For the Foxes: The Revolution

[11 July 2012]

By Kiel Hauck

PopMatters Events Editor

Continuing an unprecedented streak of stellar releases, Hopeless Records has struck gold once again with For the Foxes’ new EP The Revolution. The newest addition to the label’s roster, For the Foxes have wasted no time in reaching their potential, releasing an ambitious pop-rock album full of diverse sounds, captivating melodies, and youthful exuberance. Produced by Zack Odom and Kenneth Mount, the same duo that has produced the likes of Mayday Parade, We are the In Crowd, and Cartel, The Revolution takes advantage of its brevity, using each of its six tracks to showcase a different angle of the band.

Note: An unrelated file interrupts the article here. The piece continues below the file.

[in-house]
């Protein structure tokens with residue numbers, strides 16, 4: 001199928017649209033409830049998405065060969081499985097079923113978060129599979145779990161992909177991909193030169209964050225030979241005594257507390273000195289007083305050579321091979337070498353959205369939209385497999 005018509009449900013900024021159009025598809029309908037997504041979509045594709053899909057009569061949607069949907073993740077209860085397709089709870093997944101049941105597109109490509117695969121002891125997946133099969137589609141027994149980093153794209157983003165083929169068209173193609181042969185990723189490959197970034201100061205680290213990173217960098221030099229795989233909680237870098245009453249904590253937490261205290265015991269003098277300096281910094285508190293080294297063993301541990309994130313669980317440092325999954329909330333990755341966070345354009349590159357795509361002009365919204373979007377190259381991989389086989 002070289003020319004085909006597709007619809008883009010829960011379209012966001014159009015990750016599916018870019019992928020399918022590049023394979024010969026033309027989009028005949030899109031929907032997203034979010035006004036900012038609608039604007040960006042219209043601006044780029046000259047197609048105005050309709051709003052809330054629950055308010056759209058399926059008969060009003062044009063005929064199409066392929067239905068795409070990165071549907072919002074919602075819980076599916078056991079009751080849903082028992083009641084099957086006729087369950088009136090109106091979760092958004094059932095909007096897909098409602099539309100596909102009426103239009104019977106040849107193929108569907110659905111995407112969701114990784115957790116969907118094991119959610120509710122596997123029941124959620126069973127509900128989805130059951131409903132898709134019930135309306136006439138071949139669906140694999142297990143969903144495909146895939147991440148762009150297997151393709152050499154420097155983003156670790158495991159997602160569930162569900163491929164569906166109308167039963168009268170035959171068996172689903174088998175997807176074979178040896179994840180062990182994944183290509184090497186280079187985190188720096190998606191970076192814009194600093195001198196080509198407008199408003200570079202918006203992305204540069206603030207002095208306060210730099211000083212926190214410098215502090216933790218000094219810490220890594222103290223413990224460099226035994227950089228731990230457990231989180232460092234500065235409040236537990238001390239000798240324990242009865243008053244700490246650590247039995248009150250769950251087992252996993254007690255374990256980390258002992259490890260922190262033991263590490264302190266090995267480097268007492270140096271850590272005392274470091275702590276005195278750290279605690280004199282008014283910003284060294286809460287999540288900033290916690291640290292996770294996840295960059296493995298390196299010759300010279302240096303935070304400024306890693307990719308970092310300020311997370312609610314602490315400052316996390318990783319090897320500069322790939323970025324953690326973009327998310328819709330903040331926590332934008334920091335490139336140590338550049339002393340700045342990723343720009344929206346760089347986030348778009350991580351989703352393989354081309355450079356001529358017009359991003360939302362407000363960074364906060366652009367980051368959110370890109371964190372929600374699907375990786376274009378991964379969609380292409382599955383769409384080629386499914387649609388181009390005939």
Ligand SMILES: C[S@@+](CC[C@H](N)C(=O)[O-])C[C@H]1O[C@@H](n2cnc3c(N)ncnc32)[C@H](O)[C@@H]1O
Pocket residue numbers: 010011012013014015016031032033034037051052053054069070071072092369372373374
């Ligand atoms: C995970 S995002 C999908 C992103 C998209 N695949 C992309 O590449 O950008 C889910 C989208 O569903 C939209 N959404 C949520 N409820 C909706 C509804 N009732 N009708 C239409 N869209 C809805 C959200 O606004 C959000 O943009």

Perhaps the most notable thing to be taken away from The Revolution is that Nick Dungo can flat-out sing. His voice on opener “Sinking Like a Stone” shifts between clean and poppy in the opening verse to on-the-edge-of-screaming during the song’s chorus, and then back again with Daryl Palumbo-like ease. Likewise, the title track opens unassumingly enough before blasting into the EP’s best refrain, allowing Dungo to shine once again. To go along with the more aggressive tracks, there’s the gentle pop sound of “Moonlight Ride”, a gorgeous piano ballad in “The River”, and the surprising and delightful addition of horns to “Easy Way”. Throw in plenty of “woah-oh’s” and “yeah-yeah’s” and The Revolution is a fantastic compacted collection of summer sounds and a promising debut for For the Foxes.

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